Beijing Attractions - Forbidden City
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Forbidden City Beijing China
Forbidden City Beijing
The Forbidden City was the Chinese imperial palace from the Ming dynasty to the end of the Qing dynasty. It is located in the center of Beijing, China, and now houses the Palace Museum. For almost 500 years, it served as the home of emperors and their households, as well as the ceremonial and political center of Chinese government.
Built in 1406 to 1420, the complex consists of 980 buildings and covers 72 ha (180 acres). The palace complex exemplifies traditional Chinese palatial architecture, and has influenced cultural and architectural developments in East Asia and elsewhere. The Forbidden City was declared a World Heritage Site in 1987, and is listed by UNESCO as the largest collection of preserved ancient wooden structures in the world.
Kerry Centre Hotel Beijing
1 Guang Hua Road, Chaoyang, Beijing, China
Kerry Centre Hotel Beijing from www.hotelscombined.com
Situated in Chaoyang, the Kerry Hotel offers a stylish base while visiting Beijing, and also includes a fitness centre, indoor tennis courts and a Jacuzzi. The city centre is only an easy drive from the hotel.
The Kerry Hotel is a 5-star hotel with a range of modern luxuries including a kids pool and a coffee bar. The hotel employees are available 24-hours a day and can book tours and tickets. The hotel's multilingual staff will be happy to provide dining suggestions and help you organise your stay in Beijing.
Rooms at the Kerry Hotel are contemporary and modern, and feature slippers, in-room movies and a mini bar. All rooms feature a private bathroom including a bathrobe and amenities. Complimentary toiletries, tea and coffee making facilities and a hair dryer are also provided in each room.
Guests can wake up to a buffet breakfast every morning, before setting off for a day of sightseeing in Beijing. Room service is provided around the clock, and a large variety of dining options can also be found in the vicinity of the hotel. The hotel's restaurant serves international, Chinese and Beijing cuisine.
Beijing's attractions, including China Central Television Headquarters and China World Trade Center Tower III, are within an easy walking distance of the Kerry Hotel. The hotel is situated less than a 20-minute walk from Beijing Central Business District.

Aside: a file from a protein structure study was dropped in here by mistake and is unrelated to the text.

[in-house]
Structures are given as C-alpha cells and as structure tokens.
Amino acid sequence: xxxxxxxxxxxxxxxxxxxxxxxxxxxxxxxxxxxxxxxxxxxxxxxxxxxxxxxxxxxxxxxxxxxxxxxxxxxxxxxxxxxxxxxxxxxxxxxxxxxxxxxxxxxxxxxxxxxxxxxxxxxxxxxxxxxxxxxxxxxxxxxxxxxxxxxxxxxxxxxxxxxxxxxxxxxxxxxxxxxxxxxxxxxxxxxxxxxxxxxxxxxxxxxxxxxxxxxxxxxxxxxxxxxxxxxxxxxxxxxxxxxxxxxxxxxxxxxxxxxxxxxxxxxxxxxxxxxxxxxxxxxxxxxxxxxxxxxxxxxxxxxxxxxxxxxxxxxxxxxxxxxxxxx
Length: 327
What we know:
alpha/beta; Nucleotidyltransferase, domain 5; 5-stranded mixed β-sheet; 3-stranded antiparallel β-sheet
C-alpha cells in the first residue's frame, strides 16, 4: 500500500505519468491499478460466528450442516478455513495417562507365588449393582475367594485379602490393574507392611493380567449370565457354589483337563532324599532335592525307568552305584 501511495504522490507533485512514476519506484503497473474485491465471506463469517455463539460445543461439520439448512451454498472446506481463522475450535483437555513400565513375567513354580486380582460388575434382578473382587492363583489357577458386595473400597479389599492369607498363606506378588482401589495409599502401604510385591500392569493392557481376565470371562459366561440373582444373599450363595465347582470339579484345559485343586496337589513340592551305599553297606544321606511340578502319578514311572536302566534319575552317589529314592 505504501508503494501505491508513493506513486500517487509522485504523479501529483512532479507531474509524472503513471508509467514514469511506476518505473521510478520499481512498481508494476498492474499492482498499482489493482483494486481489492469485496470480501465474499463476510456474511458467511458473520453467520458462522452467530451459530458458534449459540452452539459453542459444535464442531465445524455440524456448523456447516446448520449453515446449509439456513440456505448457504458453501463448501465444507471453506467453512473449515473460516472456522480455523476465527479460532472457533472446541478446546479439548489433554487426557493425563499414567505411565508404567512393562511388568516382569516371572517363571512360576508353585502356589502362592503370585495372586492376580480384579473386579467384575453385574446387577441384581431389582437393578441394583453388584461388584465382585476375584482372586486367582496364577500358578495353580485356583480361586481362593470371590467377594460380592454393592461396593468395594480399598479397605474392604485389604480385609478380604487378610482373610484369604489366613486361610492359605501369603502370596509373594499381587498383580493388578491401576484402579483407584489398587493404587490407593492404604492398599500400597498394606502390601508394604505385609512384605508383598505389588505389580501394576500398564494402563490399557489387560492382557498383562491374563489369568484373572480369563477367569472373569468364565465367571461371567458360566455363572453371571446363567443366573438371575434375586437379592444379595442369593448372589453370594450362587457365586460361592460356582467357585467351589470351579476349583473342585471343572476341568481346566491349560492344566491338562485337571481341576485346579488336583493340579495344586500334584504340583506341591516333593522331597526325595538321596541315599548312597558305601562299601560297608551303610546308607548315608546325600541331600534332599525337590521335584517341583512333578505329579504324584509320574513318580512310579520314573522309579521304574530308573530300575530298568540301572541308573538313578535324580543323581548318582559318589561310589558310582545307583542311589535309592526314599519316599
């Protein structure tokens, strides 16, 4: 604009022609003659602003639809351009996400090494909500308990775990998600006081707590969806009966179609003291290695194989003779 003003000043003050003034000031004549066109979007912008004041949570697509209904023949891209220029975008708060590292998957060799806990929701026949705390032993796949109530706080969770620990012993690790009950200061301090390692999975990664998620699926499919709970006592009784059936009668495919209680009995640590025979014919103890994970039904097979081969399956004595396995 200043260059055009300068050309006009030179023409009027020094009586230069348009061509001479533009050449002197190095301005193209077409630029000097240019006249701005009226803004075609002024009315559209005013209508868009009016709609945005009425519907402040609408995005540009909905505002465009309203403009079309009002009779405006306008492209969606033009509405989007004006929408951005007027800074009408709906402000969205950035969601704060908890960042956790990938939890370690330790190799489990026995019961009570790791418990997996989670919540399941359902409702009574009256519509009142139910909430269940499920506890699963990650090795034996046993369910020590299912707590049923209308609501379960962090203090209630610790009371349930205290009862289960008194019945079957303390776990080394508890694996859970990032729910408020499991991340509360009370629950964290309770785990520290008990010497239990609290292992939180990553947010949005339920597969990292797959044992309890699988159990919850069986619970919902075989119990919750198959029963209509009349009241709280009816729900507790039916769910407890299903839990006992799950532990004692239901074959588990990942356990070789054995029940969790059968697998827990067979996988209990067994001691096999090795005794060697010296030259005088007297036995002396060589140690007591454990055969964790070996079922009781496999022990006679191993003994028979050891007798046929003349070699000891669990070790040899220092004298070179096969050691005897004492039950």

Meridian Gate, the front entrance, is the largest gate in the Forbidden City. It is located at the southern end of the central axis of the palace city. It was built in 1420, the eighteenth year of Yongle in the Ming Dynasty
Hall of Preserved Harmony
The Hall of Preserving Harmony, located behind the Hall of Central Harmony, is the third hall in outer court. Its construction was also completed in 1420, during the Ming Dynasty. The implied meaning of the name is preserving the unity in one's inner spirit, and sharing harmony in the world.
Hall of Supreme Harmony
The Hall of Supreme Harmony is the largest hall within the Forbidden City. It is located at its central axis, behind the Gate of Supreme Harmony. Built above three levels of marble stone base, and surrounded by bronze incense burners, the Hall of Supreme Harmony is one of the largest wooden structures within China.
It was the location where Ming Dynasty and Qing Dynasty Emperors hosted their enthronement and wedding ceremonies. The name of the Hall was changed from Feng Tian Dian to the current one by the Shunzhi Emperor of Qing Dynasty.
Together with the Hall of Central Harmony and Hall of Preserving Harmony, the three halls constitute the heart of the Outer Court of the Forbidden City.
Gate of Supreme Harmony
The Gate of Supreme Harmony is the second major gate encountered when entering the Forbidden City from the south.
The gate was originally built during the Ming Dynasty, when it was called Fengtianmen. Following the Qing conquest of China, the gate was given its present Chinese and Manchu name. The gate burnt down in 1886 due to a fire started by a tipped lamp in the guard room. The present gate dates from the rebuilding after this fire, which was completed in 1894.
Hall of Central Harmony
The Hall of Central Harmony, built in 1420 in the reign of Yongle in the Ming Dynasty, is located behind the Hall of Supreme Harmony The name of the Hall has a close relationship with Confucian principles, and means keeping harmony between people and environment It is the smallest of the three halls in the outer court, covering 580 square meters.
Forbidden City Imperial Guardian Lions
A Qing-era guardian lion pair within the Forbidden City. Note the different appearance of the face and details in the decorative items, compared to the earlier Ming version
Palace of Heavenly Purity
The Palace of Heavenly Purity, or Qianqing Palace is a palace in the Forbidden City in Beijing, China. It is the largest of the three halls of the Inner Court (the other two being the Hall of Union and the Palace of Earthly Tranquility), located at the northern end of the Forbidden City.
During the Qing dynasty, the palace often served as the Emperor's audience hall, where he held council with the Grand Council.
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